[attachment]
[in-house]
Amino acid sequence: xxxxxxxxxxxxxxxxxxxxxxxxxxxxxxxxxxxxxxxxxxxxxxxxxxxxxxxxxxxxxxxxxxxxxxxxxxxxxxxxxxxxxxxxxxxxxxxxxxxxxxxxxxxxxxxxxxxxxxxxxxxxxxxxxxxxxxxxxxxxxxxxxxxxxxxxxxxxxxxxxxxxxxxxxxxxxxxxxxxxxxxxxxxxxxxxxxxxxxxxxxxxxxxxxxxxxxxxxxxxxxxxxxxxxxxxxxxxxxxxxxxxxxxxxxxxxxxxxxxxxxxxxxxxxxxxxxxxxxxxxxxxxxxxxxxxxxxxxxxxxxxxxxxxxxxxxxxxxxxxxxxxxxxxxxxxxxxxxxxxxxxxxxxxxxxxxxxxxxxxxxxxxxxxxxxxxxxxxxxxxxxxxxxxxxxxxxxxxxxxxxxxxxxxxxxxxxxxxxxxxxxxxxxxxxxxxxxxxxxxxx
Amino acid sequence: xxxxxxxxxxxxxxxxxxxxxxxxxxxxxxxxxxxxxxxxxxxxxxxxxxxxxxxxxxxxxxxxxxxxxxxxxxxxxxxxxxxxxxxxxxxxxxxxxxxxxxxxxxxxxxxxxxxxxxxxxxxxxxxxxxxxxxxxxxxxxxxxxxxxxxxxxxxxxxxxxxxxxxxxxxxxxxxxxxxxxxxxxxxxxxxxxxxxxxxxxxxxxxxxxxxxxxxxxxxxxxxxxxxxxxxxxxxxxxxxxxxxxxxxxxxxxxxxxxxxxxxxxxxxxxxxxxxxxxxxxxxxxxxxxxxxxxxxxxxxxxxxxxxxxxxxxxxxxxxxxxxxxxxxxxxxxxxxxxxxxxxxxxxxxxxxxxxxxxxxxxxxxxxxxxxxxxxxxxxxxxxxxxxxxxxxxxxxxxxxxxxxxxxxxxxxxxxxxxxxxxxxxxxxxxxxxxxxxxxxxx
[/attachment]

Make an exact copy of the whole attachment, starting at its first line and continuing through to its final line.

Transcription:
[in-house]
Amino acid sequence: xxxxxxxxxxxxxxxxxxxxxxxxxxxxxxxxxxxxxxxxxxxxxxxxxxxxxxxxxxxxxxxxxxxxxxxxxxxxxxxxxxxxxxxxxxxxxxxxxxxxxxxxxxxxxxxxxxxxxxxxxxxxxxxxxxxxxxxxxxxxxxxxxxxxxxxxxxxxxxxxxxxxxxxxxxxxxxxxxxxxxxxxxxxxxxxxxxxxxxxxxxxxxxxxxxxxxxxxxxxxxxxxxxxxxxxxxxxxxxxxxxxxxxxxxxxxxxxxxxxxxxxxxxxxxxxxxxxxxxxxxxxxxxxxxxxxxxxxxxxxxxxxxxxxxxxxxxxxxxxxxxxxxxxxxxxxxxxxxxxxxxxxxxxxxxxxxxxxxxxxxxxxxxxxxxxxxxxxxxxxxxxxxxxxxxxxxxxxxxxxxxxxxxxxxxxxxxxxxxxxxxxxxxxxxxxxxxxxxxxxxx
Amino acid sequence: xxxxxxxxxxxxxxxxxxxxxxxxxxxxxxxxxxxxxxxxxxxxxxxxxxxxxxxxxxxxxxxxxxxxxxxxxxxxxxxxxxxxxxxxxxxxxxxxxxxxxxxxxxxxxxxxxxxxxxxxxxxxxxxxxxxxxxxxxxxxxxxxxxxxxxxxxxxxxxxxxxxxxxxxxxxxxxxxxxxxxxxxxxxxxxxxxxxxxxxxxxxxxxxxxxxxxxxxxxxxxxxxxxxxxxxxxxxxxxxxxxxxxxxxxxxxxxxxxxxxxxxxxxxxxxxxxxxxxxxxxxxxxxxxxxxxxxxxxxxxxxxxxxxxxxxxxxxxxxxxxxxxxxxxxxxxxxxxxxxxxxxxxxxxxxxxxxxxxxxxxxxxxxxxxxxxxxxxxxxxxxxxxxxxxxxxxxxxxxxxxxxxxxxxxxxxxxxxxxxxxxxxxxxxxxxxxxxxxxxxxx